I was thoroughly bored at Court today. Whilst waiting to assist Clients I sat and observed:

1. A defendant who had mental health problems who had pleaded guilty to criminal damage. A medical report suggested that the Defendant should be given a hospital order to receive treatment and then be released from the care of the hospital when he was deemed fit. The District Judge cut straight to the chase and sentenced the Defendant to a conditional discharge and a compensation order. The District Judge identified that the Defendant coped well when taking medication and had recently received back dated benefits. So if he continued to take medication he would probably not offend again.

2. A solicitor explain that he is having problems obtaining prior authority from the Legal Services Commission to pay a psychiatrist to provide a report on his Client. The Legal Services Commission had previously granted prior authority for a report from a psychologist, but now had to consider a new application for a psychiatrist. A trial for this case was about two months away and everyone seemed resigned to the fact that two months was not long enough to get prior authority to pay a psychiatrist, then to find a psychiatrist, and then to get a report from them.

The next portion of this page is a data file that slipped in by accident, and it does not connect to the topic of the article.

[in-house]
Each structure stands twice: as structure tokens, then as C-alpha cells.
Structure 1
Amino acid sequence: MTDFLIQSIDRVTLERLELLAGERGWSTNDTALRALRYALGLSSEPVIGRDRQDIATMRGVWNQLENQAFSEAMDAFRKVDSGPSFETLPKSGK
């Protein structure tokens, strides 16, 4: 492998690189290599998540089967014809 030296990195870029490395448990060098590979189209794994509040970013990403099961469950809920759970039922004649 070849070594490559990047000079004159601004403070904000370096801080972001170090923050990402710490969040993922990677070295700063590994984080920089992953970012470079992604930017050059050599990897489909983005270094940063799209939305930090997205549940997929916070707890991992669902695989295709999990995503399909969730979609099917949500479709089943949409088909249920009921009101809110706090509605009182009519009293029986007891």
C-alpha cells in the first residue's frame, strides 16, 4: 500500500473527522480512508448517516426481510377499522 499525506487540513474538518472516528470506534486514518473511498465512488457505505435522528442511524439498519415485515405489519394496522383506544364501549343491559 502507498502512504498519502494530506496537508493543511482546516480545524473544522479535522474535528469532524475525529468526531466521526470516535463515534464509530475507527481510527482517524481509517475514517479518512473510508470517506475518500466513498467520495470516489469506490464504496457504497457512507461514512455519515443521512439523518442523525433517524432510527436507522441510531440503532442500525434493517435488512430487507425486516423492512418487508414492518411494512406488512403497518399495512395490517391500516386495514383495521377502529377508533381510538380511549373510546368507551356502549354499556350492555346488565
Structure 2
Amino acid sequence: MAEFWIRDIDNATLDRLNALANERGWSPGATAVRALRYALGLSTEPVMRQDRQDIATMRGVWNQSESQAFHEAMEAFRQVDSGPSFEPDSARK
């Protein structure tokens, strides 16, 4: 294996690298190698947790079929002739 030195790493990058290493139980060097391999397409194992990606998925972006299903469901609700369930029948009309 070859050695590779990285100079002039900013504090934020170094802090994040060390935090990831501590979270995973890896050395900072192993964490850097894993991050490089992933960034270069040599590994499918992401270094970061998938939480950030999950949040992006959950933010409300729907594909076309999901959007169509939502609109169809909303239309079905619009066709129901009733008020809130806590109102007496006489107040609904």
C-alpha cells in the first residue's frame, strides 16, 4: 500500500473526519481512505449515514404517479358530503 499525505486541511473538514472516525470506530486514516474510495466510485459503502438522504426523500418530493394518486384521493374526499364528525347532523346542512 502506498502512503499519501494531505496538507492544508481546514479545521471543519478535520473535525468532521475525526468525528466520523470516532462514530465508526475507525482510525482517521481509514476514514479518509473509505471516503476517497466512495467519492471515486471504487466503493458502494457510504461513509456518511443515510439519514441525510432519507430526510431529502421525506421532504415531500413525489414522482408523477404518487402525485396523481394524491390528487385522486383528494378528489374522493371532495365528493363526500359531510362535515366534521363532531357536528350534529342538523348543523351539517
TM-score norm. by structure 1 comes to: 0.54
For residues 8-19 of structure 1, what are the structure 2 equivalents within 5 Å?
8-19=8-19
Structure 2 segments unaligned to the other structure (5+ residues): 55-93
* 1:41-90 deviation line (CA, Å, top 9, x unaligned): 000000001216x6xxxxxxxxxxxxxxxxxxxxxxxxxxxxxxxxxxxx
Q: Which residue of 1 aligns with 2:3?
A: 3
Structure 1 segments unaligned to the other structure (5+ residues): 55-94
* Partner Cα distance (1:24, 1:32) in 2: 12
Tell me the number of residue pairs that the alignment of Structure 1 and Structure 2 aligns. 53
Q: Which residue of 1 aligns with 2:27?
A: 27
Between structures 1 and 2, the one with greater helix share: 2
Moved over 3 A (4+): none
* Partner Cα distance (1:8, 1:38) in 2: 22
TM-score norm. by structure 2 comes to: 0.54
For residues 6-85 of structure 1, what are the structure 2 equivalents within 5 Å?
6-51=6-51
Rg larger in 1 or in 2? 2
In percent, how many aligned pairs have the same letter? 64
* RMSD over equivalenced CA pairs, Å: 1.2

3. A solicitor who attended at a pre-trial review for a matter of failing to provide a specimen of breath after being suspected of drink driving. This solicitor confirmed that he was not calling any expert evidence and that he was not calling any medical evidence although he was running a defence that his Client was medically unfit to provide a sample - this case looks to be doomed to failure.

4. The Court Clerk loose his rag when requesting a hearing date over the telephone in open Court. He first phoned through to his scheduling office and received a hearing date. He then rung back two minutes later to cancel the first date and make a further hearing date. During the second telephone conversation with the scheduling office the Clerk became rather irate when he was told that he could not be given a further date over the telephone - he only realised that he became irate when he put the phone down and saw that everyone was looking at him.

Monday, October 10, 2005

Don't Shake Their Hand

Over the weekend I went out to dinner with a group of parents from my daughter's school. As we sat chatting I spoke with one particular parent who works as a Special Constable. Our conversation consisted of having little digs at each other in terms of Clients being apprehended by the Police and me doing my utmost to defend them. We did not agree on much.